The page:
Monday, July 19, 2010
- Consider the cost of unused training! Ask management what training actually costs. Ask them how much it will cost the company if training is not done. Finally ask them what the cost is if training was provided, but not used on the job.
- Form a performance partnership among trainers, managers, and employees. Training has a partnership with employees and management to assess the needs and train. Management partners with training and employees during and after the training. It should be managers who are responsible for performing Level 3 evaluations for determining if skills are being used at work. Employees have a partnership with trainers and managers to identify what they are to learn and how it will be applied on the job.
How can training help with this process? Why not train managers how to help their employees use the newly learned skills. Meet with management prior to training to discuss a plan of action for helping employees transfer skills to their jobs.
If you attended the workshop, please feel free to comment on more of the information you believe was pertinent to you.
Saturday, July 3, 2010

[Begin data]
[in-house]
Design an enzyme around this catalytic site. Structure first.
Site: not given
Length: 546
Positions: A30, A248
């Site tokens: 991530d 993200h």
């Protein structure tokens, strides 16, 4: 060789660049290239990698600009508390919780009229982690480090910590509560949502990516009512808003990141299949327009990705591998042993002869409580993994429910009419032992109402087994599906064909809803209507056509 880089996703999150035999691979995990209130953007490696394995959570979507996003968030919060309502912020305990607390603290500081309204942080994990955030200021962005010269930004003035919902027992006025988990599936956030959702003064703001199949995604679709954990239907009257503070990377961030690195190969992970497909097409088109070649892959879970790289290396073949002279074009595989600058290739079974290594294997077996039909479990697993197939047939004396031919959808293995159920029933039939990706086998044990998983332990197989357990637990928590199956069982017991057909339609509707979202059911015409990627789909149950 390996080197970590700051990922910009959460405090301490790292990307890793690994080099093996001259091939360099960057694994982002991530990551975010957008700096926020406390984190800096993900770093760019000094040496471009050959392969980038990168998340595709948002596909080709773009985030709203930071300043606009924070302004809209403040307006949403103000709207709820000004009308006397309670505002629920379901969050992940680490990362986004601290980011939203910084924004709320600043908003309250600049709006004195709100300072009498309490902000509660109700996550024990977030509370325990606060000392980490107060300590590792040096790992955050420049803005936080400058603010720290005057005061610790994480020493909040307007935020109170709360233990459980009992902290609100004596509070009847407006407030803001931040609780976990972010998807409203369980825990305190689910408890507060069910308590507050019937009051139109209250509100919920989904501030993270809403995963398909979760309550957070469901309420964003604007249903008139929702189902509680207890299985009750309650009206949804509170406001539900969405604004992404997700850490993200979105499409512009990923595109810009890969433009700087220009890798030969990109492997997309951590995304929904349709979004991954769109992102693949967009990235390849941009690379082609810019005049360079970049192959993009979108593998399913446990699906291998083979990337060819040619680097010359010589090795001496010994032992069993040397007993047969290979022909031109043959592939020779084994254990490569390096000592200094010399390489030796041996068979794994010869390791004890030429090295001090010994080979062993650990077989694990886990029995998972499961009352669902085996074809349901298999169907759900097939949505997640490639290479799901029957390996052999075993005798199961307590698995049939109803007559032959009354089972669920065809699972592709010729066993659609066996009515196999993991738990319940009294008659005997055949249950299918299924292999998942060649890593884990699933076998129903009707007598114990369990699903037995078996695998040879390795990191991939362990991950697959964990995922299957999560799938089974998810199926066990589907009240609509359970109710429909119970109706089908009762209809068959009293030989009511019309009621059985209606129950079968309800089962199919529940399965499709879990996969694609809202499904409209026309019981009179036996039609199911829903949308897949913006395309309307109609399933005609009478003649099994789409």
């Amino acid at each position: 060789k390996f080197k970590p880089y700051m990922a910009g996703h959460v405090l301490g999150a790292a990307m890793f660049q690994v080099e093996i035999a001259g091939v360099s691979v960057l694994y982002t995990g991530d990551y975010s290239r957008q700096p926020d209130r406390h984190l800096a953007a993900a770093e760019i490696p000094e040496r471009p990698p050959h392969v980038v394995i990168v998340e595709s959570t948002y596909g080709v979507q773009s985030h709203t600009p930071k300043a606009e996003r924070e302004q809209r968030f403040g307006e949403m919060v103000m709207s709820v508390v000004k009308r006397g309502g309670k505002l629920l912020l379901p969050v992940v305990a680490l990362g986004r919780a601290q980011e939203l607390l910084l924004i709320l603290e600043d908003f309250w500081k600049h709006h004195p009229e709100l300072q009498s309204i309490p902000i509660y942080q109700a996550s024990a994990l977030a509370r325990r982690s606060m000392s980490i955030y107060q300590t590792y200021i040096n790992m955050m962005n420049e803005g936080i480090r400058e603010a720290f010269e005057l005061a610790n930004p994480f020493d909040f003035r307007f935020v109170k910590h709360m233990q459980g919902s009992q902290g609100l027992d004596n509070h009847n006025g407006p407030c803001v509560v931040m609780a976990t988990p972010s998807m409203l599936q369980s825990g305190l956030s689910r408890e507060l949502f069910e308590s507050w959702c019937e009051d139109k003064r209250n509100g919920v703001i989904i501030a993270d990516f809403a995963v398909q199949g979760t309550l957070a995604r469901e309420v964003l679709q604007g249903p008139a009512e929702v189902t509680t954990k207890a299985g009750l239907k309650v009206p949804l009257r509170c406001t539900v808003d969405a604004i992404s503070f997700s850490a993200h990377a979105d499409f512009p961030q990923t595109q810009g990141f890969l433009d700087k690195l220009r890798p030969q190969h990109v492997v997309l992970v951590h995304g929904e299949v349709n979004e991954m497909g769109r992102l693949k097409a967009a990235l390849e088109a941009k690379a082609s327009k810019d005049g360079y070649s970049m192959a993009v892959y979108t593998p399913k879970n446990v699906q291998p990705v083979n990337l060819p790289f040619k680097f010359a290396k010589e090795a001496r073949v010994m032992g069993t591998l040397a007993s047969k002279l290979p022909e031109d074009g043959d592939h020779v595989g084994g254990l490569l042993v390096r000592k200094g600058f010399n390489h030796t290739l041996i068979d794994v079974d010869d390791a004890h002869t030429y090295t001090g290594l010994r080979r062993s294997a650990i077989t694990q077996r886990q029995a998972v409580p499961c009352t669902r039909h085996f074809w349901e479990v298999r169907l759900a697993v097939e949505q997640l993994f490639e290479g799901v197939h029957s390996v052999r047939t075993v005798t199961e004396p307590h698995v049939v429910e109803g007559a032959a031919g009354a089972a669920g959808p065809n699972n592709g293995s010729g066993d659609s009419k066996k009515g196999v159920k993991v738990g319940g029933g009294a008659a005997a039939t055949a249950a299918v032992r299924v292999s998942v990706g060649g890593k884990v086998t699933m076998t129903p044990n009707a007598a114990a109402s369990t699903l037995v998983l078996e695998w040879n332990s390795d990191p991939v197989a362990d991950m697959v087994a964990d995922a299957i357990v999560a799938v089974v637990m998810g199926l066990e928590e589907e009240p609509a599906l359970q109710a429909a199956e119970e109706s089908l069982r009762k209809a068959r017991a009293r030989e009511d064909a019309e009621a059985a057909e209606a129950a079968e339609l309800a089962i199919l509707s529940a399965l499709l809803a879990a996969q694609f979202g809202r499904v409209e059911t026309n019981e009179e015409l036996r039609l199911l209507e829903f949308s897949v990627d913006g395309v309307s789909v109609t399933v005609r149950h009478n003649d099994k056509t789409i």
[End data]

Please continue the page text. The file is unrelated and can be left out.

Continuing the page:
What Is the Cost of Training to Your Company if Learners Are Only Applying 20% - 30% of What They Learned in Training?
A question to consider prior to the July 9th ASTD Central Iowa Chapter event, "The Teflon Trainee: Overcoming Obstacles to Make Training Stick," by Terrence Donahue, is
Mr. Donahue: Help executives and business leaders to understand 3 things...
- The cost of training,
- The cost of not training, and,
- The cost of training provided that has not been applied on the job. This thrid item is a crucial conversation.
What is your Myers-Briggs profile?
Mr. Donahue: ESTJ, but I'm a borderline introvert. I don't like being the center of attention, but really enjoy facilitating.
How can a trainer make the most of his/her personality, and avoid worrying about some of the traits or characteristics s/he lacks?
Mr. Donahue: I try to remember that no matter what I do in Training and Development, my main product is the job performance of learners, so I focus on their ability to learn and apply the training. I like to ask trainers, "What is your product?" Interestingly, many of them have no idea; they don't know how to respond.
On the Personal Side....
Terrence has 2 boys and 2 girls, all under 14 years old. When asked what his favorite family activity is, he said "Just talking with them - asking questions and listening." No doubt, home is where he's gained some of his best listening skills!
Remember the question from Part I Is Terrence's favorite actor:
A) Will Smith
B) Charles Bronson
C) Bob Hope
D) Leonardo DiCaprio
If you guessed "C" Bob Hope, you're correct!
-- by Chris Ballew, Programming Committee